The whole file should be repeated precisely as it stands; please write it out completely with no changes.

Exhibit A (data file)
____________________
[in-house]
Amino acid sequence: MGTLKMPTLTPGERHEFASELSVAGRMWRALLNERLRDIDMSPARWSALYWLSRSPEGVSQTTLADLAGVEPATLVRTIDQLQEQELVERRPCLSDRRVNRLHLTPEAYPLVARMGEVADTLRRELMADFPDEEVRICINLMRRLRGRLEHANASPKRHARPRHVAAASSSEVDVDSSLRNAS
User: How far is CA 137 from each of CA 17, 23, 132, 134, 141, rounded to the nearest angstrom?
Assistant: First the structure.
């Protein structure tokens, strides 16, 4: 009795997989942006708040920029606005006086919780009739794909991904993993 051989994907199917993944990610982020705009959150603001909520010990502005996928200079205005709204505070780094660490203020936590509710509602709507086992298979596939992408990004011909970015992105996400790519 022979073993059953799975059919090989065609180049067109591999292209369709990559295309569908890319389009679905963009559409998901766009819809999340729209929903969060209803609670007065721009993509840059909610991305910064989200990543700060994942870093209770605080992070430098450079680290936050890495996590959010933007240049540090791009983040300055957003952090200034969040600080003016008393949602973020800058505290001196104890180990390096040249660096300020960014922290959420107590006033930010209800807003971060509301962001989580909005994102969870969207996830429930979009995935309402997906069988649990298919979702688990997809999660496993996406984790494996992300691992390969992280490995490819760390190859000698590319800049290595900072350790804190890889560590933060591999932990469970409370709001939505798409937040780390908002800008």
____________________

[in-house]
Amino acid sequence: MGTLKMPTLTPGERHEFASELSVAGRMWRALLNERLRDIDMSPARWSALYWLSRSPEGVSQTTLADLAGVEPATLVRTIDQLQEQELVERRPCLSDRRVNRLHLTPEAYPLVARMGEVADTLRRELMADFPDEEVRICINLMRRLRGRLEHANASPKRHARPRHVAAASSSEVDVDSSLRNAS
User: How far is CA 137 from each of CA 17, 23, 132, 134, 141, rounded to the nearest angstrom?
Assistant: First the structure.
């Protein structure tokens, strides 16, 4: 009795997989942006708040920029606005006086919780009739794909991904993993 051989994907199917993944990610982020705009959150603001909520010990502005996928200079205005709204505070780094660490203020936590509710509602709507086992298979596939992408990004011909970015992105996400790519 022979073993059953799975059919090989065609180049067109591999292209369709990559295309569908890319389009679905963009559409998901766009819809999340729209929903969060209803609670007065721009993509840059909610991305910064989200990543700060994942870093209770605080992070430098450079680290936050890495996590959010933007240049540090791009983040300055957003952090200034969040600080003016008393949602973020800058505290001196104890180990390096040249660096300020960014922290959420107590006033930010209800807003971060509301962001989580909005994102969870969207996830429930979009995935309402997906069988649990298919979702688990997809999660496993996406984790494996992300691992390969992280490995490819760390190859000698590319800049290595900072350790804190890889560590933060591999932990469970409370709001939505798409937040780390908002800008």